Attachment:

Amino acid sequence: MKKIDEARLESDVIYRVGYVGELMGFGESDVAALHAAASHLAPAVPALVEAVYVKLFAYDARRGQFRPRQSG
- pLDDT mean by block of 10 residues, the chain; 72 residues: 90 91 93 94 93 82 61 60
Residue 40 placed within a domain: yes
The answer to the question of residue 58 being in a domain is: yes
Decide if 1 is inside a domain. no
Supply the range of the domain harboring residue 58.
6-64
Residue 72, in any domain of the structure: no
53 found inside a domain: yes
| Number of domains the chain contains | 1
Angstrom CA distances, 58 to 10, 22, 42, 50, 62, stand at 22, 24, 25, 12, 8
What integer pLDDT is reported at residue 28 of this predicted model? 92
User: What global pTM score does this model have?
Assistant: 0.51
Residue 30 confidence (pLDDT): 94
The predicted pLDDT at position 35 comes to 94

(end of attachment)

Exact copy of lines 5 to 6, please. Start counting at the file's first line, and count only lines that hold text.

Decide if 1 is inside a domain. no
Supply the range of the domain harboring residue 58.